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  5. "An bhean bhándearg."

"An bhean bhándearg."

Translation:The pink woman.

October 27, 2014

57 Comments


https://www.duolingo.com/profile/Speledro

...is my favourite variety of apple


https://www.duolingo.com/profile/TobyBartels

"The pink lady" was accepted for me.


https://www.duolingo.com/profile/fluttershy937702

how in the world are you learning all those languages????????????????????????????????????


https://www.duolingo.com/profile/RobShee35

It's a fan of Grease.


https://www.duolingo.com/profile/Mediterranean

Awesome, so pink is called "whitered" in Irish. I love this kind of logical and easy to remember words. lol


https://www.duolingo.com/profile/chellewaves

Red in Irish is dearg and pink is bandearg and white is ban


https://www.duolingo.com/profile/CJ.Dennis

As in "white", "whiter", "whitest", "whitered"?


https://www.duolingo.com/profile/mjkuecker1965

Looks like the pink girls grew up. :)


https://www.duolingo.com/profile/Gia758609

sigh They grow up so fast... :-P


https://www.duolingo.com/profile/faol

How come "bhean" begins with a "V" sound and "bhándearg" with a "W"?


https://www.duolingo.com/profile/Knocksedan

Because in this speakers dialect, they differentiate between a broad bh (bho, with a "w" sound) and slender bh (bhe with a "v" sound).

In Munster Irish bh has a "v" sound for both broad and slender


https://www.duolingo.com/profile/grainemhaol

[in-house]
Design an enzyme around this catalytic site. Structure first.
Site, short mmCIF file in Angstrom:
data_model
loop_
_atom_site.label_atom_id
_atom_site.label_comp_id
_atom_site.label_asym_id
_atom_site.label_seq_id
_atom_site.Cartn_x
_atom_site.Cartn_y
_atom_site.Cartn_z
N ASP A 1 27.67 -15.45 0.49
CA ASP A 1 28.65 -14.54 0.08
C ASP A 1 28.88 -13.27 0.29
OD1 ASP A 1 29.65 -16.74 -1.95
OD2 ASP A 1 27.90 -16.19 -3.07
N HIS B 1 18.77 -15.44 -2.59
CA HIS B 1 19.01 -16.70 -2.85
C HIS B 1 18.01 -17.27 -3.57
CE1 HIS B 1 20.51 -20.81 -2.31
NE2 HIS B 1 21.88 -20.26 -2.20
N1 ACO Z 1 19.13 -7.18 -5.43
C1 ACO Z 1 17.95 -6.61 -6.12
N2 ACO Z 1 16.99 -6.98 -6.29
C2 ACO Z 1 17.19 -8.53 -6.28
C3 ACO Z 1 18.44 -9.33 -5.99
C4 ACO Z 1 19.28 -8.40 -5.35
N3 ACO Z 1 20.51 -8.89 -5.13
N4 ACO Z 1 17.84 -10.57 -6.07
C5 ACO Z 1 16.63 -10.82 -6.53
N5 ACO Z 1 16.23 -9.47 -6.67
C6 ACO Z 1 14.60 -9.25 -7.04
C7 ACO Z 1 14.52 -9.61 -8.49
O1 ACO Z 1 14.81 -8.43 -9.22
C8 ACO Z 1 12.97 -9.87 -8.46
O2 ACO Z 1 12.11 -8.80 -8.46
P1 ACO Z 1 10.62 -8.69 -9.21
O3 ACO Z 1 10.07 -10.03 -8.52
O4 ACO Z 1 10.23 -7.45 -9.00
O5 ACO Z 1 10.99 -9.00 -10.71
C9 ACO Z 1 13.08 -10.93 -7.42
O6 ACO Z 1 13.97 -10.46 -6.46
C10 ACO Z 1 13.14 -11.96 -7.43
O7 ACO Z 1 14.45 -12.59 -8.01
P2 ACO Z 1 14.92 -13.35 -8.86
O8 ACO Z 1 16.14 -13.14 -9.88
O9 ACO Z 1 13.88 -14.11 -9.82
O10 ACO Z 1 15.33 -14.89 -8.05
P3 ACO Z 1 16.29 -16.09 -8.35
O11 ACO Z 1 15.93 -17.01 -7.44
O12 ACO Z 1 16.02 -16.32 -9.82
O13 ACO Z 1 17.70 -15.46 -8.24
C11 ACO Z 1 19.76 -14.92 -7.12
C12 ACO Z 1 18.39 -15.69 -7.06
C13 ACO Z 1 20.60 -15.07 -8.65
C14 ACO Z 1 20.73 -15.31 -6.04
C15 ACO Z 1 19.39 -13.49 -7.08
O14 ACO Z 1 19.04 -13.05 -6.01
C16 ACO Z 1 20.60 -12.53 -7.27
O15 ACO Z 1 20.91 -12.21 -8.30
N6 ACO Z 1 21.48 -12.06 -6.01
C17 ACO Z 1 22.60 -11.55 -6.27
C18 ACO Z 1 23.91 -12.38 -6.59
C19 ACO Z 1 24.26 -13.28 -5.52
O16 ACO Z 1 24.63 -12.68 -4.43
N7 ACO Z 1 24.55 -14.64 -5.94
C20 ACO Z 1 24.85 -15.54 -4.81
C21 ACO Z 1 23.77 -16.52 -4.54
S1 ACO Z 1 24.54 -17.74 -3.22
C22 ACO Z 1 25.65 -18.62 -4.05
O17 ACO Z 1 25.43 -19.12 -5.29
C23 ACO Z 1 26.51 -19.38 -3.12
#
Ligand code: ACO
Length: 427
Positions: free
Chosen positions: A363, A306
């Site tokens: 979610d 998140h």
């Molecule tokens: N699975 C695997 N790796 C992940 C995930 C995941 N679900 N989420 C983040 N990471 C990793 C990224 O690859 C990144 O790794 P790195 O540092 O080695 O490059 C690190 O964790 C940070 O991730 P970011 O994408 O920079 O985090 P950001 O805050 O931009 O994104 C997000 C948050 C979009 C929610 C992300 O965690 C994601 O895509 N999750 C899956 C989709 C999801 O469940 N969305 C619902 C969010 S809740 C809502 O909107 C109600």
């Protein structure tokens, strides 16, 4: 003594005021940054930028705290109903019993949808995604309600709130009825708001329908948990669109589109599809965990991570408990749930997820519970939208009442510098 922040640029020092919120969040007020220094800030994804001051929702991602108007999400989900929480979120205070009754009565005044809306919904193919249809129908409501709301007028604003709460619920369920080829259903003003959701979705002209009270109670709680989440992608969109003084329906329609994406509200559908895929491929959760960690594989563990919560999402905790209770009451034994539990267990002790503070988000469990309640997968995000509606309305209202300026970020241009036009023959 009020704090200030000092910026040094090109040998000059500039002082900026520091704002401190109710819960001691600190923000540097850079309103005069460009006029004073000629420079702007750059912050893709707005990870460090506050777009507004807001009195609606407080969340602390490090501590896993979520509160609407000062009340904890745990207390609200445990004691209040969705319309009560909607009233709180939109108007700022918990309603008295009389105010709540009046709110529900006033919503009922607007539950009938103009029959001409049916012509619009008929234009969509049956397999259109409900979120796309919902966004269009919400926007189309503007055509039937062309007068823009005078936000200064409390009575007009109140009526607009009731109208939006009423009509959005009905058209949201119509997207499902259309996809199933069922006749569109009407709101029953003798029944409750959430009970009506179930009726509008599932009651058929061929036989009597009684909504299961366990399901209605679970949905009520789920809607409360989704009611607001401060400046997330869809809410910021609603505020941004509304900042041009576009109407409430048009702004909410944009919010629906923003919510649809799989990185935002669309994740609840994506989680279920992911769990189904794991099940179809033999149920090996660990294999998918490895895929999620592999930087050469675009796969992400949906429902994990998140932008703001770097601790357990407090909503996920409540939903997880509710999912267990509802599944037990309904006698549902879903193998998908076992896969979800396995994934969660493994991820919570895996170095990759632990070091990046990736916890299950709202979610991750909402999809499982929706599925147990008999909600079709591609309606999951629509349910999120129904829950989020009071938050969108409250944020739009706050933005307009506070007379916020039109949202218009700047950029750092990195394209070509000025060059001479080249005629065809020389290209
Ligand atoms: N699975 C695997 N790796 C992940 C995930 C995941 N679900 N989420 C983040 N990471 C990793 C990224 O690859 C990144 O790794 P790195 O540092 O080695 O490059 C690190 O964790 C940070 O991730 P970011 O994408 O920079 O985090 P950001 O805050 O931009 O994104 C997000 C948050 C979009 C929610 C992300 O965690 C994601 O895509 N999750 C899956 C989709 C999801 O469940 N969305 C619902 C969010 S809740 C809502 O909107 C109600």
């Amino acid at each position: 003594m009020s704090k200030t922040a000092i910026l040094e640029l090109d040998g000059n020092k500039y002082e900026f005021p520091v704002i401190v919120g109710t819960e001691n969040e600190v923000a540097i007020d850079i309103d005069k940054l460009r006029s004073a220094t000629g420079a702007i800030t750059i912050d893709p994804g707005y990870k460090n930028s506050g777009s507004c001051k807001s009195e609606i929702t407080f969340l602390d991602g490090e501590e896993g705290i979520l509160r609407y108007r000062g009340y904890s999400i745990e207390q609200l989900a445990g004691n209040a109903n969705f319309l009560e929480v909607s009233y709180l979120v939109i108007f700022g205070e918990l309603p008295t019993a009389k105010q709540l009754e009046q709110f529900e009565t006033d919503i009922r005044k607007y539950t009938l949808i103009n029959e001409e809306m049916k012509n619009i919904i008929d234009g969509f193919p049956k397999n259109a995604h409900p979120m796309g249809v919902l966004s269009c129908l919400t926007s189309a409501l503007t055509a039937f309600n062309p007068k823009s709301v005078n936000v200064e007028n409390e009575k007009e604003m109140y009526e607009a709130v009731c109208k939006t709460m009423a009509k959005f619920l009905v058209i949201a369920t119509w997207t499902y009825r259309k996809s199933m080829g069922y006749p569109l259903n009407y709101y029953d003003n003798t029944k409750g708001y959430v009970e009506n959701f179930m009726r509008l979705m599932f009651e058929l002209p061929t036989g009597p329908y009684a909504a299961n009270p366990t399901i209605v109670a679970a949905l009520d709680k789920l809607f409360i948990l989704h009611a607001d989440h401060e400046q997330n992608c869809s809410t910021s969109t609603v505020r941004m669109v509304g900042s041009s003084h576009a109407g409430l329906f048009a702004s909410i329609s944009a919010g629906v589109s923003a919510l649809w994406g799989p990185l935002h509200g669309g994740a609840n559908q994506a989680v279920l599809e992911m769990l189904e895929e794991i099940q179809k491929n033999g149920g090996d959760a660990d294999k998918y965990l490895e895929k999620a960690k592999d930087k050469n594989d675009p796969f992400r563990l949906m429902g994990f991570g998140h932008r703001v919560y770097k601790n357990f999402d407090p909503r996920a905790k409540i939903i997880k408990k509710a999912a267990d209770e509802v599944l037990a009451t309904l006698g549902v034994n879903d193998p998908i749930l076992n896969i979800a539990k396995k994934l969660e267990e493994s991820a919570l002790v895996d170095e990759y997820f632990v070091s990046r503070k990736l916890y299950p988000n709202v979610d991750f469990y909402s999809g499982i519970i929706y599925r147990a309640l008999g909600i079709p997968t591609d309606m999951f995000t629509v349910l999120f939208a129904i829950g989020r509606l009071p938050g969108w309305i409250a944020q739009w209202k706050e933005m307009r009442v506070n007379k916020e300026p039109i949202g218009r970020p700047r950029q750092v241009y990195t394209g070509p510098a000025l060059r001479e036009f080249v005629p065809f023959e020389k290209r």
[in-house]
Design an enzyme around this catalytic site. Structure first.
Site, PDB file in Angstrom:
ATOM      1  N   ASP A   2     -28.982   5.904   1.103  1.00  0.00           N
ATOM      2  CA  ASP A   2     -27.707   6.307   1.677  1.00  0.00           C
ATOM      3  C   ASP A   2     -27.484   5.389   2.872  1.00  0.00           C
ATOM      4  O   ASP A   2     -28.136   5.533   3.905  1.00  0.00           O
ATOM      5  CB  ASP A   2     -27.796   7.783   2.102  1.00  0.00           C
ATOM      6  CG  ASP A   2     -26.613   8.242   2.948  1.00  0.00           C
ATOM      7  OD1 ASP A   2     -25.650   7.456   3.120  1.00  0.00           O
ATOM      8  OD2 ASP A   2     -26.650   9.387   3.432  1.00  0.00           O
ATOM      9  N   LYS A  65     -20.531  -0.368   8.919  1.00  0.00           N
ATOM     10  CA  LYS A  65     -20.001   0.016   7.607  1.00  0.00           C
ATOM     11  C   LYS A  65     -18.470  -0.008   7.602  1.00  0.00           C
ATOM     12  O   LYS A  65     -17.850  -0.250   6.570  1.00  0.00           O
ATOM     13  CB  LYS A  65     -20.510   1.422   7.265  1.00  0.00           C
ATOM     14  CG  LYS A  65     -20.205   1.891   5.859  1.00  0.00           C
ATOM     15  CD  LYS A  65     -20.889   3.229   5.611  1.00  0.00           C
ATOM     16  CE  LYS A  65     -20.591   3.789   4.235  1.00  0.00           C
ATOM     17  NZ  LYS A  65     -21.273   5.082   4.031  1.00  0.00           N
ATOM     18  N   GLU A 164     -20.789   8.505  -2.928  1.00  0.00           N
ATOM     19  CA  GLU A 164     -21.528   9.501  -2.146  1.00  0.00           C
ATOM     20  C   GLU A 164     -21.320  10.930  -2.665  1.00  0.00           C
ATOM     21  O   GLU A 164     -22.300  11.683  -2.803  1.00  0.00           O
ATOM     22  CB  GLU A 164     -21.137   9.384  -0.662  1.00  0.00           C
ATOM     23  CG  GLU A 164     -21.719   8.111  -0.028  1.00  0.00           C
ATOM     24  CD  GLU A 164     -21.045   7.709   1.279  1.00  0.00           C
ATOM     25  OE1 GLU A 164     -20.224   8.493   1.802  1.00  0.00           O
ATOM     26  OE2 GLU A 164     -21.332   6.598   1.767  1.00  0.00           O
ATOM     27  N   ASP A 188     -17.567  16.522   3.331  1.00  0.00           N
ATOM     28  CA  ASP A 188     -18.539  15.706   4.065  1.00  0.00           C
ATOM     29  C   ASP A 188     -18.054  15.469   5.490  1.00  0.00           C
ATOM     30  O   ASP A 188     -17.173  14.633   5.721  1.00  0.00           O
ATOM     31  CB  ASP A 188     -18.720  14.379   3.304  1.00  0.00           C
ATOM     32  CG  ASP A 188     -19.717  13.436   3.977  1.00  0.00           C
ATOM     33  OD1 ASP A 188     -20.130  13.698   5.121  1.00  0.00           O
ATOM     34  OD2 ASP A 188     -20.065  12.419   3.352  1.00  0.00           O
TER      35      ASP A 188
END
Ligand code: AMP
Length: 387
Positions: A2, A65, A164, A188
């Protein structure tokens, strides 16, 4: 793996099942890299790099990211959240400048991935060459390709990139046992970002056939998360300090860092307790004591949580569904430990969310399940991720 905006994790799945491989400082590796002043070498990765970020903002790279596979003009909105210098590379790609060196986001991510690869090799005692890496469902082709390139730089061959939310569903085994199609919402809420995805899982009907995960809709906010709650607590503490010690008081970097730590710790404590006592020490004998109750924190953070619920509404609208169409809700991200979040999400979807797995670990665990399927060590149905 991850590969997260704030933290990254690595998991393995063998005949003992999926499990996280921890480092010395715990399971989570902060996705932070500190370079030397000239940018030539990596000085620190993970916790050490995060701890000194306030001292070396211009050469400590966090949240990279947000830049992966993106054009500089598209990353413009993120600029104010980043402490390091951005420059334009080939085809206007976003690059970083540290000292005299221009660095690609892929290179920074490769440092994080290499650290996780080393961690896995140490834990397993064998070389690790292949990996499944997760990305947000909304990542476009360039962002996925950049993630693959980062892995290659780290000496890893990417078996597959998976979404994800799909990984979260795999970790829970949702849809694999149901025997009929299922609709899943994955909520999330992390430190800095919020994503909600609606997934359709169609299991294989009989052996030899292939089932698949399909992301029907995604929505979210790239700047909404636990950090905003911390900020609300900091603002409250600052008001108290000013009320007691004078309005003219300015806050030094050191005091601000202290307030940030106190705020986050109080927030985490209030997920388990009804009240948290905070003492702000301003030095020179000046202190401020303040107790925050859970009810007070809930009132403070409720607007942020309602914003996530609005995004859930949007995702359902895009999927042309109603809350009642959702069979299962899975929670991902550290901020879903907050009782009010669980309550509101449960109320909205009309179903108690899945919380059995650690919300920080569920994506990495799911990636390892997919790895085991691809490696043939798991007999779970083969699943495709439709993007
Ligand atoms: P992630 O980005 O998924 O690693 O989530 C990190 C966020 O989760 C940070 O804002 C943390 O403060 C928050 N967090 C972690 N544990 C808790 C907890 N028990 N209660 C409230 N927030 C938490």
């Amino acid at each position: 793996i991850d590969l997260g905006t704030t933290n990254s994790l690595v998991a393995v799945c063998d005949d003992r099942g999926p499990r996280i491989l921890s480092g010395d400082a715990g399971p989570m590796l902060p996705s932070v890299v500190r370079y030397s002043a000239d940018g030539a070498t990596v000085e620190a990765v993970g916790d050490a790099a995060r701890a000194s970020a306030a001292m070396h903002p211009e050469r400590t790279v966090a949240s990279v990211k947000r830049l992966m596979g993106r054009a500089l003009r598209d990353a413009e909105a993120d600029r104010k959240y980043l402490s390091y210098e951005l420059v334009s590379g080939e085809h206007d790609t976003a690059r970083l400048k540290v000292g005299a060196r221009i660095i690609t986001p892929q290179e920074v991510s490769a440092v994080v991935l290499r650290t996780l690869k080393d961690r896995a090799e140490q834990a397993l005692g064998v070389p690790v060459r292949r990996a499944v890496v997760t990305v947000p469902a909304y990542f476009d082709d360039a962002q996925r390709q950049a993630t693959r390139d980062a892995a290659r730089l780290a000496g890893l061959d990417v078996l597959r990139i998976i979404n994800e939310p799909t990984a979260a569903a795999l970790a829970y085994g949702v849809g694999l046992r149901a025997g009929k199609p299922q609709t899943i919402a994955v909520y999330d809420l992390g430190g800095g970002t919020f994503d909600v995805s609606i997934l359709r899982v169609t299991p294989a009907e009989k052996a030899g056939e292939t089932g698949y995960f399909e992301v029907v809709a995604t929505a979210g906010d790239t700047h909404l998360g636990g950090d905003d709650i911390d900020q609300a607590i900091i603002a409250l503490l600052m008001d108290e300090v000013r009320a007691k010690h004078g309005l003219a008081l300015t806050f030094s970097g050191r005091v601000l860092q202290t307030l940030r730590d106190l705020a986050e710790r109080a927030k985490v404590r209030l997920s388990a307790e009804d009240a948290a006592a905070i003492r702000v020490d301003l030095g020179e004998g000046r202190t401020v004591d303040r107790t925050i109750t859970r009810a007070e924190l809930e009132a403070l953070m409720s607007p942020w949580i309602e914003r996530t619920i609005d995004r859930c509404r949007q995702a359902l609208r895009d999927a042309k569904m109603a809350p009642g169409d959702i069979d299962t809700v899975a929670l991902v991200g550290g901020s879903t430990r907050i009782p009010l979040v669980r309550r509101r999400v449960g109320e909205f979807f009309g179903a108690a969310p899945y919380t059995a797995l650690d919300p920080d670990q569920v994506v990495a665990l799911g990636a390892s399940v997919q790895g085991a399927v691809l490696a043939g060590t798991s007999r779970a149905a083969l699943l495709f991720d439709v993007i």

Really helpful - thanks.


https://www.duolingo.com/profile/faol

Thank you! (...Incidentally, which dialect is being spoken here?)


https://www.duolingo.com/profile/Knocksedan

The consensus is that the current speaker is from North Connacht. So she sometimes uses spoken forms that don't reflect the written standard that Duolingo is teaching.


https://www.duolingo.com/profile/Stacey773203

And in Donegal Irish, it seems that almost everything is a W sound. Arg!


https://www.duolingo.com/profile/N.Hilary

Knocksedan. Le do thoil! That was my question, too!!


https://www.duolingo.com/profile/niamhwitch

Why is bándearg lenited (to bhándearg)?


https://www.duolingo.com/profile/Rewjeo
  • 2325

Because bean is a feminine noun, and adjectives following feminine singular nouns are lenited.


https://www.duolingo.com/profile/Jack_McNicholl

Why is bean "lenited" to bhean? I will admit, I have never heard the term lenition until I started using this site, so I would be happy if you could explain it.


https://www.duolingo.com/profile/Rewjeo
  • 2325

Singular feminine nouns in the nominative case are lenited after the definite article. I'm not aware of any particular reason for this, it's just how things are done in Irish.


https://www.duolingo.com/profile/michelleplus8